Smith: Why have these festivals persisted for so long? I mean, from an outsider's perspective, it doesn't seem that hard to maybe change the dates of the celebration.
Montero: It's hard to change some of these dates once they become codified as part of people's traditions and behaviors. But I think we also find that there are other reasons. One thing that we found in the data is that places that have these agriculturally coinciding festivals tend to be more religious and have higher levels of social capital. What this means is that they place a higher value on religion in their lives. They value these festivals even more as part of the community. We think that what's going on is that because these festivals happen at a time where it's particularly costly for people, it's a very strong signal of commitment to these festivals and religiosity. And there's research that shows that costly festivals or religious expenditures lead people to feel closer to each other as a community and feel more religious. Given that we find these religiosity and social capital effects, these places are the ones that are particularly less likely to switch away from these festival dates.
Yang: Another reason these festivals may persist could simply be that communities don't recognize that they're having negative economic impacts. The headline result of our paper is that communities that have agriculturally coinciding festivals are about 20 percent poorer in terms of household income than other communities. Now, this is a difference that's emerged over the course of centuries since these festivals first started in the 1500s with the Spanish conquest. But the actual impact on a community's rate of economic growth in income is actually minuscule. A tiny detriment to annual economic growth is probably what's adding up to this 20 percent difference over the course of centuries. In any particular year, it may actually not be evident to residents of a particular community that having these agriculturally coinciding festivals is harming them economically.
One thing that we hope our paper brings to the fore is that religious practices of various sorts can have both costs and benefits—not just in terms of financial or economic costs and benefits.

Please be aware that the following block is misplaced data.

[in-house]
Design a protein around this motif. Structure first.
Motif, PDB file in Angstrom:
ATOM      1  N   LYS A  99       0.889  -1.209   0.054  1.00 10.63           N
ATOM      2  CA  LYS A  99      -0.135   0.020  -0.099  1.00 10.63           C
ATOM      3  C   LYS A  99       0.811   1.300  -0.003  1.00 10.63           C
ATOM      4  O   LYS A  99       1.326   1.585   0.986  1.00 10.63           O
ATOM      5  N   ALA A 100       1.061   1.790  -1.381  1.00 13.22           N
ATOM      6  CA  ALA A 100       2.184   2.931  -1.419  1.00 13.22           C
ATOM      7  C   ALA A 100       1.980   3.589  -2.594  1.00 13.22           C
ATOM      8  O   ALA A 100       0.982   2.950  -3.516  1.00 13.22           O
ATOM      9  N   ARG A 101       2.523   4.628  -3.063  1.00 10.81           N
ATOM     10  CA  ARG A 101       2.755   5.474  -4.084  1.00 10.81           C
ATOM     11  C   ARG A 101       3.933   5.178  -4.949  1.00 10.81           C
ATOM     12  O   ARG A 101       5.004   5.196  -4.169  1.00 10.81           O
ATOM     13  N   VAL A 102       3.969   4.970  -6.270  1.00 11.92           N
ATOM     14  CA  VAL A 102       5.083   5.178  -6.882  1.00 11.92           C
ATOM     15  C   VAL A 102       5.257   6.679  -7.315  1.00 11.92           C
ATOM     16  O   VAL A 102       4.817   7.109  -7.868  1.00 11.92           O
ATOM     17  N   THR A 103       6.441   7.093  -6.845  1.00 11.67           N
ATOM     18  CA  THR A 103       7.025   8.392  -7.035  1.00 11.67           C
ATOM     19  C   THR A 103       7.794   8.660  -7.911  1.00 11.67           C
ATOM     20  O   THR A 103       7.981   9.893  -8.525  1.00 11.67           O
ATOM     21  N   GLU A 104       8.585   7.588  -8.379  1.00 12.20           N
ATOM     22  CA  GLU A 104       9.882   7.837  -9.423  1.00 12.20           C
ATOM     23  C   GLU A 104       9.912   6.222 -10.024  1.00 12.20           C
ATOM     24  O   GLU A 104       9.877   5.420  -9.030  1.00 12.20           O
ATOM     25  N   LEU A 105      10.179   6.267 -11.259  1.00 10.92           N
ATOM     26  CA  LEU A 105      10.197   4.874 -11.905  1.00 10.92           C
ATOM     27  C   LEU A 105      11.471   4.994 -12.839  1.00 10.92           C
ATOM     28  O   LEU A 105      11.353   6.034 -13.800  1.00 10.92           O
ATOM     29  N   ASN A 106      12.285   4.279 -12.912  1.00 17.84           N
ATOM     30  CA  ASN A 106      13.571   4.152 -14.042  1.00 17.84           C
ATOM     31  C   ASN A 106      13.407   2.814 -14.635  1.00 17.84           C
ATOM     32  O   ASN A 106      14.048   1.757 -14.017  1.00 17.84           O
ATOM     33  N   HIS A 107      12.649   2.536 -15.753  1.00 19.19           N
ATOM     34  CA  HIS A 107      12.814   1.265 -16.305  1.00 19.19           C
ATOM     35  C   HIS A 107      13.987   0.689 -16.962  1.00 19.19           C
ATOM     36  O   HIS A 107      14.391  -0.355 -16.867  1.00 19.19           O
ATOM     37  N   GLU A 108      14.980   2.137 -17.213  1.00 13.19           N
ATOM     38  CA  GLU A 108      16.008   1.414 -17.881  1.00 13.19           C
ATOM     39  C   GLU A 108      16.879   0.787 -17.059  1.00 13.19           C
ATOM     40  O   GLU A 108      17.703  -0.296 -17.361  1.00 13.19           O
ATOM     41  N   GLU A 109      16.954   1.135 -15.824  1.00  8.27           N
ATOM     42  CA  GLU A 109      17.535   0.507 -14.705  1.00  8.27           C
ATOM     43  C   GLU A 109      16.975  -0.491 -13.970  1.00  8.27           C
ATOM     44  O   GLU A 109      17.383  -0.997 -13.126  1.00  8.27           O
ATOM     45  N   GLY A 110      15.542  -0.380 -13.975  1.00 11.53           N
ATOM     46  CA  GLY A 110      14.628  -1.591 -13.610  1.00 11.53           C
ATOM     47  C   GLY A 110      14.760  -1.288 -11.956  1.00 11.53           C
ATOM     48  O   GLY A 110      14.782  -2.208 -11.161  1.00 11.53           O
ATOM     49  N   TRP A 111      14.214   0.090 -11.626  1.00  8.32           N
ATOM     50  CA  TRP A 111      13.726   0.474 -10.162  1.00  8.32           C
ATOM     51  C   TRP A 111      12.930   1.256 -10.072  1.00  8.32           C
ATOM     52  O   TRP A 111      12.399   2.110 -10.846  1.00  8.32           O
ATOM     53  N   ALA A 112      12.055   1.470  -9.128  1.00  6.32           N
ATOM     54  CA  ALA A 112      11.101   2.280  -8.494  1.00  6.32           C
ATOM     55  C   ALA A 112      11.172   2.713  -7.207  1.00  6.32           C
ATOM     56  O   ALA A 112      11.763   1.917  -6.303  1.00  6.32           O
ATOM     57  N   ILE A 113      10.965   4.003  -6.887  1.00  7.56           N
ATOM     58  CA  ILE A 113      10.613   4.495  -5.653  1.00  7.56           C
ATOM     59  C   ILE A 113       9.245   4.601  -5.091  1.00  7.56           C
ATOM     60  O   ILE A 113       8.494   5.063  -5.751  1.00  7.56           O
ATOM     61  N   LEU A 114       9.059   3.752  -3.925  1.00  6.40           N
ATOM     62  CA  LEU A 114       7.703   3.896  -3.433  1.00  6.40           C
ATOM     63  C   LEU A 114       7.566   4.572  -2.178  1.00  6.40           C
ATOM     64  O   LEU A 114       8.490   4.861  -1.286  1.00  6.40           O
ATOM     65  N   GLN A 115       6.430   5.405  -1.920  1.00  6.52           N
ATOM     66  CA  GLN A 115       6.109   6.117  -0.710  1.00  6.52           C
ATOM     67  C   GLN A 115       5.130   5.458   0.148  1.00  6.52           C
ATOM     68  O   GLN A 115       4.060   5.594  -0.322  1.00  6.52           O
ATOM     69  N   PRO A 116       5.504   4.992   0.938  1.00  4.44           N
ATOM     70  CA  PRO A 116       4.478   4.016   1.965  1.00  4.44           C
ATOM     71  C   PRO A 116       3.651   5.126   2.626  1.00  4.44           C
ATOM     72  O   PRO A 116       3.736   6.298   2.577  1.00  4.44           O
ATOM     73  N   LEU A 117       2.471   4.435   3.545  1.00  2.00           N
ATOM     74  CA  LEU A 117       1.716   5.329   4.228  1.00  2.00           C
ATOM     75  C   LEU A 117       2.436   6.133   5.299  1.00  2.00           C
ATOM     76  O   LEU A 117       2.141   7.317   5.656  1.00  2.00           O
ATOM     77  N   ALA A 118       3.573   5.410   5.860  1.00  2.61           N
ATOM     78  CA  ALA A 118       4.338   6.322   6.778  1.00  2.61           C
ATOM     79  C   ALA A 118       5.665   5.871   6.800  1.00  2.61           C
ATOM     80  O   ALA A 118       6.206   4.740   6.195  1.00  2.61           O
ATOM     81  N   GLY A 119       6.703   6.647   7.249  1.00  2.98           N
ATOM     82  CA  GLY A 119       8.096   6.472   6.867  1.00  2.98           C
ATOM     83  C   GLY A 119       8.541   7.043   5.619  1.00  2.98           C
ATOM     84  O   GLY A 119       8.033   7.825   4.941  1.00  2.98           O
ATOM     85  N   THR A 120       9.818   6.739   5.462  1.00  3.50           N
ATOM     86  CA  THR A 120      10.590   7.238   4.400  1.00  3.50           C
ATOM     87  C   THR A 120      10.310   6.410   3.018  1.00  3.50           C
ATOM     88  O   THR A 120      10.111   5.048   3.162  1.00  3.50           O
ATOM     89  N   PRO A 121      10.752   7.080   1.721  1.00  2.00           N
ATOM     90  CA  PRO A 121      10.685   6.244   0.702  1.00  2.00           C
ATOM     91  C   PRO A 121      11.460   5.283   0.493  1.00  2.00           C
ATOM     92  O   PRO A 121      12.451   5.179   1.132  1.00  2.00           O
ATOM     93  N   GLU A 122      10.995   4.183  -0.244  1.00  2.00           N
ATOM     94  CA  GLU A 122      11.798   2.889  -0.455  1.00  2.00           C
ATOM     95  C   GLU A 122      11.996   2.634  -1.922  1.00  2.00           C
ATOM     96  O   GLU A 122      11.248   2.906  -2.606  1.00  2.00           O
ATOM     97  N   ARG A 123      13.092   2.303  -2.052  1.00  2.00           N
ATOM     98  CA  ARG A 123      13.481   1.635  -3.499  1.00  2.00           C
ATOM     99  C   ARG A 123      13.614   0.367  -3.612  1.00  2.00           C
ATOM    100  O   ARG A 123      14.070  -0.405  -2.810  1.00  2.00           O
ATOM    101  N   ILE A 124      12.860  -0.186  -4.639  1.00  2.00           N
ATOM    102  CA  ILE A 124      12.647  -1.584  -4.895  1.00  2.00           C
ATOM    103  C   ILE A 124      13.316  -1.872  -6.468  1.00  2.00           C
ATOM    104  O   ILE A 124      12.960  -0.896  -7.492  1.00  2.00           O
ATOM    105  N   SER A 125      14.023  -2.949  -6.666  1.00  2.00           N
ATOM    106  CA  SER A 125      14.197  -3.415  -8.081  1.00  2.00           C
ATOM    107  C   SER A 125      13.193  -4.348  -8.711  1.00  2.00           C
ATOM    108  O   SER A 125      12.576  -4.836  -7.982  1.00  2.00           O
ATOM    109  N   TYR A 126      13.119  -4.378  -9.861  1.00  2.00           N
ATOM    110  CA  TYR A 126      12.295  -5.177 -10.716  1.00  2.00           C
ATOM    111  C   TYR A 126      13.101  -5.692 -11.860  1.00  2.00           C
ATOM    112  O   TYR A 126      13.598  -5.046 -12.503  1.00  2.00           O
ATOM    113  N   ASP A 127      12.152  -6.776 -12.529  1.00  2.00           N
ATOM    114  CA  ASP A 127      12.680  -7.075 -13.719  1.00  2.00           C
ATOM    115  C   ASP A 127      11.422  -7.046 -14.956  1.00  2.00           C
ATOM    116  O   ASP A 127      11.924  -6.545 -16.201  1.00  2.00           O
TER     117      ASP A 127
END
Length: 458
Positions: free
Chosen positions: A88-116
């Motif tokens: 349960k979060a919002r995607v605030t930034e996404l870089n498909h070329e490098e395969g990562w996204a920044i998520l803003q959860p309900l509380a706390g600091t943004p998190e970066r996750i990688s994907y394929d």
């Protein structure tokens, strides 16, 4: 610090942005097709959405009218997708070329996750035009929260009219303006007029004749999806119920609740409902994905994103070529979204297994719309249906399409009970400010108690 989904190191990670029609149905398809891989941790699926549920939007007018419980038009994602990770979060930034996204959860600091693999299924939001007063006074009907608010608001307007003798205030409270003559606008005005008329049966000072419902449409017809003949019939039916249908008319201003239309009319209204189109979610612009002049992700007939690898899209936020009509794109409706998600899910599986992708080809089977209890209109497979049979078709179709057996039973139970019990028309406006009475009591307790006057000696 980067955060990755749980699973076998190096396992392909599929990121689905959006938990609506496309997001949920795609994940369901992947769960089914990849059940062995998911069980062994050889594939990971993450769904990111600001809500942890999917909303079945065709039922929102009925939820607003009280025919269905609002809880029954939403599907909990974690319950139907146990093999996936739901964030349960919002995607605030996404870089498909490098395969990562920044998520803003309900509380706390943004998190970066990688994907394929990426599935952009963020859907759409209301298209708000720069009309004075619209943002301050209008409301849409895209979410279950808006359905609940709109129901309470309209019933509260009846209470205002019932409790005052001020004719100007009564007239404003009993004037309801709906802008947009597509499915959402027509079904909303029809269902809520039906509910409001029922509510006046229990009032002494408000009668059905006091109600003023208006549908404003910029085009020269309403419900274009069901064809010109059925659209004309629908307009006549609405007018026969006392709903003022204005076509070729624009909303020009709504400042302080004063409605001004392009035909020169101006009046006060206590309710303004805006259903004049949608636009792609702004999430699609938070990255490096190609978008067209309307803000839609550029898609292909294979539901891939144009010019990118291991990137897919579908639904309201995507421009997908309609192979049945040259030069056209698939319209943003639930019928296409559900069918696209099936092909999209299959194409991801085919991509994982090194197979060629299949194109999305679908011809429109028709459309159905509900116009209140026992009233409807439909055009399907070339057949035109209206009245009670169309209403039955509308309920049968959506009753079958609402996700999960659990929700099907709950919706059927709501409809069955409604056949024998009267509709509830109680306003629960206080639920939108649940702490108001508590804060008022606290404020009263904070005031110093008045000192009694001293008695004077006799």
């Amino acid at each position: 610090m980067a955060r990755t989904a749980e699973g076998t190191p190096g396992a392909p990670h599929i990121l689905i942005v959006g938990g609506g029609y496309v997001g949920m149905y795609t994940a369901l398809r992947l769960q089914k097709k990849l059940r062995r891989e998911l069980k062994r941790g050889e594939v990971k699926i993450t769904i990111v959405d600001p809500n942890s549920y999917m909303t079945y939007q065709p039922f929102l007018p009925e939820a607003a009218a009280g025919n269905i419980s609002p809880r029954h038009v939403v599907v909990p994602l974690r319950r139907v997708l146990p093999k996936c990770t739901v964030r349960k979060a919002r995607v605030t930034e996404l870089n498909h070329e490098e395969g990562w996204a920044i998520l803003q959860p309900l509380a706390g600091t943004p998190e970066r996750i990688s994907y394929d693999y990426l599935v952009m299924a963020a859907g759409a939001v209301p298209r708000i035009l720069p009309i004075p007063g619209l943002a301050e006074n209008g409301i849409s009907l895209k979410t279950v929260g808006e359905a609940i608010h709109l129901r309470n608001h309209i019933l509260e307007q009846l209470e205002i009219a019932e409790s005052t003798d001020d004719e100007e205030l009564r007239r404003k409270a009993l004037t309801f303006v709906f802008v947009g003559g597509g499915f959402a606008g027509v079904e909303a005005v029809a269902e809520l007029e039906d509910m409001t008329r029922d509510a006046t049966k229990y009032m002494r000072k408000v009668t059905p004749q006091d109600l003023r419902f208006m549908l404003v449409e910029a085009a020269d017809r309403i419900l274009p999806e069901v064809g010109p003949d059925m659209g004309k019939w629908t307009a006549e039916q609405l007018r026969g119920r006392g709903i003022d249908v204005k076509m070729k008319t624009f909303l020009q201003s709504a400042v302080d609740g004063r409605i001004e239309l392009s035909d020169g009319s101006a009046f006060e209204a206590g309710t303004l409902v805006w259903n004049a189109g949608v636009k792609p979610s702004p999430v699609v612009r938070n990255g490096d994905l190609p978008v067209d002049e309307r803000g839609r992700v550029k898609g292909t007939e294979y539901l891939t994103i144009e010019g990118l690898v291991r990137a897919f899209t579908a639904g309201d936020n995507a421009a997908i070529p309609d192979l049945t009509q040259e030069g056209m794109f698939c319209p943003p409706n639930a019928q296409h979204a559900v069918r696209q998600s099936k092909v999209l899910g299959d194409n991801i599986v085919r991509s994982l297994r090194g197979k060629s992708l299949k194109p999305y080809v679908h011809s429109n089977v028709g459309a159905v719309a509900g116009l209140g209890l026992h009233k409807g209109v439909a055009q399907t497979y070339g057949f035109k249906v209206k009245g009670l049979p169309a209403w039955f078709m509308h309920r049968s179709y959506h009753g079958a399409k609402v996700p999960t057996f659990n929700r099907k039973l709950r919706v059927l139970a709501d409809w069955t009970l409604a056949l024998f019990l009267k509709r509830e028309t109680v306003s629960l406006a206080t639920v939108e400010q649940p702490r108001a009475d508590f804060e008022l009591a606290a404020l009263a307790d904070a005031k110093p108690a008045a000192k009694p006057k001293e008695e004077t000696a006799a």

Smith: Do you see a way to sort of have the best of both worlds? Are there ways that we might accommodate religious practices without harming economic development?
Montero: One that naturally comes to mind is that these are particular periods when trying to improve people's liquidity can have huge returns. There's less crowdout that happens if people have more resources or more liquidity. For example, if you look at a lot of Catholic countries, they have what's called a “thirteenth salary,” also called an aguinaldo, in some places. What that means is that you get an extra salary paid out in December. And December is particularly important because there are a lot of religious festivals, such as Christmas, and a lot of other expenditures that households have. The motivation for that is exactly what we point out in the paper: these are particular periods when you want to provide extra liquidity.
Yang: I think one thing that we hope our paper brings to the fore is that religious practices of various sorts can have both costs and benefits—not just in terms of financial or economic costs and benefits. Certainly our paper highlights the economic cost, a particular feature of some types of festivals in central Mexico. Whether they're timed to coincide with the agricultural seasons or not. We are careful to point out that we don't necessarily know whether these communities are worse off. For one, they seem to have more income equality. And even if they have lower income, they have more religiosity. It may be that communities feel that they're striking the right balance between the economic costs and the social gains from having festivals at certain times of year. But I think it is important to acknowledge that some cultural practices or religious practices may have negative economic effects. And even though we don't come out and say that communities should necessarily think about changing their festival celebration dates, I think it is certainly something that public policy makers should potentially have on their radar screens as an area where they could act.
I think as economists, we always need to be careful about making prescriptions for societies to change their culture or change their social norms. That really is not the job of economists to say whether society should change its social norms. But that is the job of national leaders and community leaders as part of the broad, consultative, open political process. If communities decide to take the data that we bring to the table, they may acknowledge that perhaps there are some economic costs to certain types of social norms as a community. It is possible for communities to decide or even national level government leaders to decide that they may want to set in place guidelines or at least recommendations to reduce the economic costs of certain cultural norms.
“Religious Festivals and Economic Development: Evidence from the Timing of Mexican Saint Day Festivals” appears in the October 2022 issue of the American Economic Review. Music in the audio is by Podington Bear.